After watching the video: Danger of a Single Story
1. Write down a “Golden Message” that you took away from the speaker’s talk. This is some part of the video that really resonated with you. Take about a paragraph to describe it.
2. Using terms from Chapter 3 of the Essential Textbook, explain why that part of the message had an impact on you.
3. Finally, using the concepts of perception and perception checking from Chapter 2 of Natural Bridges textbook, talk about whether the speaker changed your thoughts or perception? If yes, how and in what way? If not, explain.

Perception Checking from Chapter 2:
A perception checking statement is a message you create to check your understanding of someone’s words or behavior.
The benefits of perception checking statements include:
a) helping us decode messages more accurately: Our goal is mutual understanding
b) reducing defensiveness & the potential for conflict: helps us avoid assuming too much.
Perception Checking has 3 parts:
• Description – provide a description of the behavior you noticed.
• Interpretation – provide two possible interpretations of the behavior.
• Clarification – request clarification from the person about the behavior & your interpretations.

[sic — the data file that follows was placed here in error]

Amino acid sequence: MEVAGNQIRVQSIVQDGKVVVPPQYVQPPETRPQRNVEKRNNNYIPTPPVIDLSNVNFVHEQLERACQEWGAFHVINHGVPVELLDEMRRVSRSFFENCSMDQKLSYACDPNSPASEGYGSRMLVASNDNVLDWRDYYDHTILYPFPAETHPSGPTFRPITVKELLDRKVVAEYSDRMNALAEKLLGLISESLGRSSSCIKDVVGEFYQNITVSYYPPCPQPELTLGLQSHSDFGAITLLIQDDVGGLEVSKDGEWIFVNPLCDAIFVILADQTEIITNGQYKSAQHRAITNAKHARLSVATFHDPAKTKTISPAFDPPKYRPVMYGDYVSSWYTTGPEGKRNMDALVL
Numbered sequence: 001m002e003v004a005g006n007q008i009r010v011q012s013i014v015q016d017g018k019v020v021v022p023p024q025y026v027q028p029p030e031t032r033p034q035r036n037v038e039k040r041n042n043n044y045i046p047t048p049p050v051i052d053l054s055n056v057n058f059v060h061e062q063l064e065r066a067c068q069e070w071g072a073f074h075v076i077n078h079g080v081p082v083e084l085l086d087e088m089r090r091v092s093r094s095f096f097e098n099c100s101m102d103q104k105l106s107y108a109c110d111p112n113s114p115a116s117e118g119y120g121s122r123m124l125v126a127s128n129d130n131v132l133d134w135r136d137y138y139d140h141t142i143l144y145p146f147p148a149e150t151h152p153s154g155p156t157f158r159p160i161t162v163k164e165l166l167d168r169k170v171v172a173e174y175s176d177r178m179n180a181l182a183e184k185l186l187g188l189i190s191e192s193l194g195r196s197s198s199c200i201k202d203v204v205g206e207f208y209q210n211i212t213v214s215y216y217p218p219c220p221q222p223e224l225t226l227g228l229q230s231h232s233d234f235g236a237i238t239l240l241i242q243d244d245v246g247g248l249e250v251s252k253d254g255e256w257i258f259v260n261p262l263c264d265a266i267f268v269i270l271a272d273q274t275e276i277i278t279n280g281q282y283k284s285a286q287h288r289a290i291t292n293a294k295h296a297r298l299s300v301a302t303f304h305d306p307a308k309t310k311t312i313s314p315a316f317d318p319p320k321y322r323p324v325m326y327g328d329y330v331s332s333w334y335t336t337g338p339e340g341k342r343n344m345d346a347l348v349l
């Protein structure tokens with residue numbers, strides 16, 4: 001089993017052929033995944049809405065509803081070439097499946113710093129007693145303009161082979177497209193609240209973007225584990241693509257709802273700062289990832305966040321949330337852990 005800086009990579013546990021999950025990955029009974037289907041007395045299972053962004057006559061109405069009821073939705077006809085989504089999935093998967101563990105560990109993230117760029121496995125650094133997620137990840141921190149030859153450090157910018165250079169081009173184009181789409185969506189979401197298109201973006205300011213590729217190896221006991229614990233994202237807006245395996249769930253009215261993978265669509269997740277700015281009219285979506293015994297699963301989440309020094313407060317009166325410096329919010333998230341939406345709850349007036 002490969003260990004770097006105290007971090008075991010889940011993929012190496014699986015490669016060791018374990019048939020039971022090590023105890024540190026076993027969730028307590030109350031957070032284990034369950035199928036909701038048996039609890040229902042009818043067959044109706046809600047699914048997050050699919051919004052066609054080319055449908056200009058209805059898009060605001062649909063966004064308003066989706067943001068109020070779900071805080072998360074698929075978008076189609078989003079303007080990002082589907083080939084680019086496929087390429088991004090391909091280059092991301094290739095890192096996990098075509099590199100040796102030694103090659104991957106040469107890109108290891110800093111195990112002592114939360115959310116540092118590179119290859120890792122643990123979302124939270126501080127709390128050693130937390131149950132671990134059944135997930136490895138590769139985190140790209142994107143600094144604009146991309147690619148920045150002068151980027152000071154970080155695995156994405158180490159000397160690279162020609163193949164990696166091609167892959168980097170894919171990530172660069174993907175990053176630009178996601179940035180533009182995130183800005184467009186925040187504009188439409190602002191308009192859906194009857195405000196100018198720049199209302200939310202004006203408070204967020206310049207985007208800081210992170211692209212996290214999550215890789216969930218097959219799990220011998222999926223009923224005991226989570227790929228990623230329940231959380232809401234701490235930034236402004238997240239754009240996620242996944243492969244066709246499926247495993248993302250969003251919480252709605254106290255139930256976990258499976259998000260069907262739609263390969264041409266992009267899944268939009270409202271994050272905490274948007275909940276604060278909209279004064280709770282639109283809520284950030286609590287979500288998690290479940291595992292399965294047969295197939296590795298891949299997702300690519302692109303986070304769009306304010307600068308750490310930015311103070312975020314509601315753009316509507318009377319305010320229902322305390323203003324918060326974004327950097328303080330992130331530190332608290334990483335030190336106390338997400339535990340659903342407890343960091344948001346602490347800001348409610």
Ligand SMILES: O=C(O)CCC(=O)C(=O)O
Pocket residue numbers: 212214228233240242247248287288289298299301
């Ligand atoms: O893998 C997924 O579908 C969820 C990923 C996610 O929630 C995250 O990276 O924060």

Terms form Chapter 3 of the Essential Textbook:
• Culture: The language, values. Beliefs. Traditions. And customs people share and learn.
• Salience: How much weight we attach to a particular person or phenomenon.
• In-groups: Groups with which we identify.
• Out-group: Groups of people that we view as different from us.
• Coculture: The perception of membership in a group that is part of an encompassing culture.
• Race: A social construct originally created to explain biological differences among people whose ancestors originated in different regions of the world.
• Ethnicity: A social construct that refers to the degree to which a person identifies with a particular group, usually on the basis of nationality, culture, religion, or some other unifying perspective.
• Individualistic Culture: A culture in which members focus on the value and welfare of individual members. As opposed to a concern for the group as a whole.
• Collectivistic Culture: A culture in which members focus on the welfare of the group as a whole, rather than concerned mostly about personal success.
• Low-context culture: A culture in which people use language primarily to express thoughts, feelings, and ideas as directly as possible.
• High- context culture: A culture that relies heavily on subtle, often nonverbal cues to maintain social harmony.
• Uncertainty avoidance: The cultural tendency to seek stability and honor tradition instead of welcoming risk, uncertainty, and change.
• Power distance: e degree to which members of a group are willing to accept a difference in power and status.
• Ethnocentrism: The attitude that one’s own culture is superior to that of others.
• Prejudice: An unfairly biased and intolerant attitude toward others who belong to an out-group.
• Stereotyping: The perceptual process of applying exaggerated beliefs associated with a categorizing system.

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